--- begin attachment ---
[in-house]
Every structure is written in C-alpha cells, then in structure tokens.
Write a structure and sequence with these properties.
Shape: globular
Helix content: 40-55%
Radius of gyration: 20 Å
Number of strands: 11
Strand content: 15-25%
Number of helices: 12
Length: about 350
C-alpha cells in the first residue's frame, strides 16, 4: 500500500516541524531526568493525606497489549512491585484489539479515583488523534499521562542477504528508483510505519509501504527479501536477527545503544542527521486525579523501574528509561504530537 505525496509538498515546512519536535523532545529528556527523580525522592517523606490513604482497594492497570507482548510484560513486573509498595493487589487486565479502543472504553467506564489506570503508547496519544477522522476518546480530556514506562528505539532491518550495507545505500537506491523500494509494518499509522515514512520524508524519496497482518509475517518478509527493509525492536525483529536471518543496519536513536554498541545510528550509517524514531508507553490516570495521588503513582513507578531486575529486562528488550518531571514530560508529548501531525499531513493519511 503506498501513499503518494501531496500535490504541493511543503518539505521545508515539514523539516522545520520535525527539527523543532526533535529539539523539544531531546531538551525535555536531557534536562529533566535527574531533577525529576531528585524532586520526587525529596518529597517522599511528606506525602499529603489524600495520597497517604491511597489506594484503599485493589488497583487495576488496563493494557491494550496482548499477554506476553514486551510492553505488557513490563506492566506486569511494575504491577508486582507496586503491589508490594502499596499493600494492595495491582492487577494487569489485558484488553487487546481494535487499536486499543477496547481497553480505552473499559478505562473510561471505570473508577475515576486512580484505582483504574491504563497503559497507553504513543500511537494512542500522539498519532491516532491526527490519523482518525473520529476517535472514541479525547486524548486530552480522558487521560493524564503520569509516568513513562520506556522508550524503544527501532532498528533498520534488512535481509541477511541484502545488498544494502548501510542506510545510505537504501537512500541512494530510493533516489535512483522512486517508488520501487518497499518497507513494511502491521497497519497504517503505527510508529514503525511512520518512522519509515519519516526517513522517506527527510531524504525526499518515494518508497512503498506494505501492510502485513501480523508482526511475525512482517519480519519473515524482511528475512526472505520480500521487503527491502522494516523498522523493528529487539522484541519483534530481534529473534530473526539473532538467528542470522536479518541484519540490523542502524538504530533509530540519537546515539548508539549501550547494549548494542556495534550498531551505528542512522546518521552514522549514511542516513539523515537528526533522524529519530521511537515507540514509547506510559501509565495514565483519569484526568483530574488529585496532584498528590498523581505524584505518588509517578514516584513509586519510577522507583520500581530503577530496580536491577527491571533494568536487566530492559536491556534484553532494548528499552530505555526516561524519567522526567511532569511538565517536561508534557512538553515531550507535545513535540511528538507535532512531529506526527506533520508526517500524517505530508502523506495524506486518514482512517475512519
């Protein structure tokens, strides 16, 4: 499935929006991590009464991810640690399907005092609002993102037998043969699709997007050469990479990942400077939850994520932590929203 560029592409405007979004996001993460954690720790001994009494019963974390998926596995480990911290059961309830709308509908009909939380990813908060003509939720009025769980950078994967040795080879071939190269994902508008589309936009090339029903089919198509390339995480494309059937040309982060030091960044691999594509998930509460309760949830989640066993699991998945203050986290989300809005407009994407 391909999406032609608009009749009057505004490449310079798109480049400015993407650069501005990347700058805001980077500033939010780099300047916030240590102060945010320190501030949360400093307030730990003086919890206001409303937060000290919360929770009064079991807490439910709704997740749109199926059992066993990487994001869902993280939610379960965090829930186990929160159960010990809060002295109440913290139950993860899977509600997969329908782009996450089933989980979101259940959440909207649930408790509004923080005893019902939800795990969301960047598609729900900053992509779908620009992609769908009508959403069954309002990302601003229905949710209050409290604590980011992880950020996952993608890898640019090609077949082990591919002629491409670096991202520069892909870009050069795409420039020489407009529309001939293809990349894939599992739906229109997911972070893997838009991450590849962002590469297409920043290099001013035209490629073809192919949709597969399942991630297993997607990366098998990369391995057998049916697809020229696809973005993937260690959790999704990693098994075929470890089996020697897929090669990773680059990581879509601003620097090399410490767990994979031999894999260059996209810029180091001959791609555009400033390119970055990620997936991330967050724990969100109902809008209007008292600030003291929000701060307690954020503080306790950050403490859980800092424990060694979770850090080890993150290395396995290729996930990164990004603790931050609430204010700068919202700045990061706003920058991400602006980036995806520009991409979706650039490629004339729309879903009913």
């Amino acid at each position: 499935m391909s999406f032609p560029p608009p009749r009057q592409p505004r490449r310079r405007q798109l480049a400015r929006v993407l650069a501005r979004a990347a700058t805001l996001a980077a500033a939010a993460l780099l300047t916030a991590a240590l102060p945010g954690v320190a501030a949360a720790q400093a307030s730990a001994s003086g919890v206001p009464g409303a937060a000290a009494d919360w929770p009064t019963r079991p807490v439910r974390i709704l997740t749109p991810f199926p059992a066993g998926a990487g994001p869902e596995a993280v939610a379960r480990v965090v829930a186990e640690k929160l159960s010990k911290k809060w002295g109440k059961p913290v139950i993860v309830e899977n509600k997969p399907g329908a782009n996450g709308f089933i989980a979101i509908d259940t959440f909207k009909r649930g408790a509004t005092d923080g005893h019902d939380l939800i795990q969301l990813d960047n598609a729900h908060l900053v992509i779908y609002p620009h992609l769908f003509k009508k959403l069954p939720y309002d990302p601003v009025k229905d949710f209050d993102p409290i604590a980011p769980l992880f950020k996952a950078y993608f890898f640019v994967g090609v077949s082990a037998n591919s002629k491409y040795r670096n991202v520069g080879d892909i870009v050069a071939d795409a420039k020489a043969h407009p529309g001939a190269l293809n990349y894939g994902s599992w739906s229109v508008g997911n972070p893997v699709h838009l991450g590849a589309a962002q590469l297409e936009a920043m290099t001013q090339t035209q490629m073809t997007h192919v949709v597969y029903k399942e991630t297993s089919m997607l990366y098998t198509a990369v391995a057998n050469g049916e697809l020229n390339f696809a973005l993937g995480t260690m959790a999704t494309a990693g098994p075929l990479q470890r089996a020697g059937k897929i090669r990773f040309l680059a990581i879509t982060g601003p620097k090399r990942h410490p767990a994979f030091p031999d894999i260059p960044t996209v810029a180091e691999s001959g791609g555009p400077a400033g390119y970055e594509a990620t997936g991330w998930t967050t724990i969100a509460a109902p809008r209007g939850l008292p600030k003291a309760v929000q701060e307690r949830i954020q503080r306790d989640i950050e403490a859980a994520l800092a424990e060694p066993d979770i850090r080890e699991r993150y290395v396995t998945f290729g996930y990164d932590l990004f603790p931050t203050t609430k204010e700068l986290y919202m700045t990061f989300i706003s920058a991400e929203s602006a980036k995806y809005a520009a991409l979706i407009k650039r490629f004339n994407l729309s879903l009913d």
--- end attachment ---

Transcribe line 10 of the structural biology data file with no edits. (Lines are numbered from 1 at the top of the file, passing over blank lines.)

Length: about 350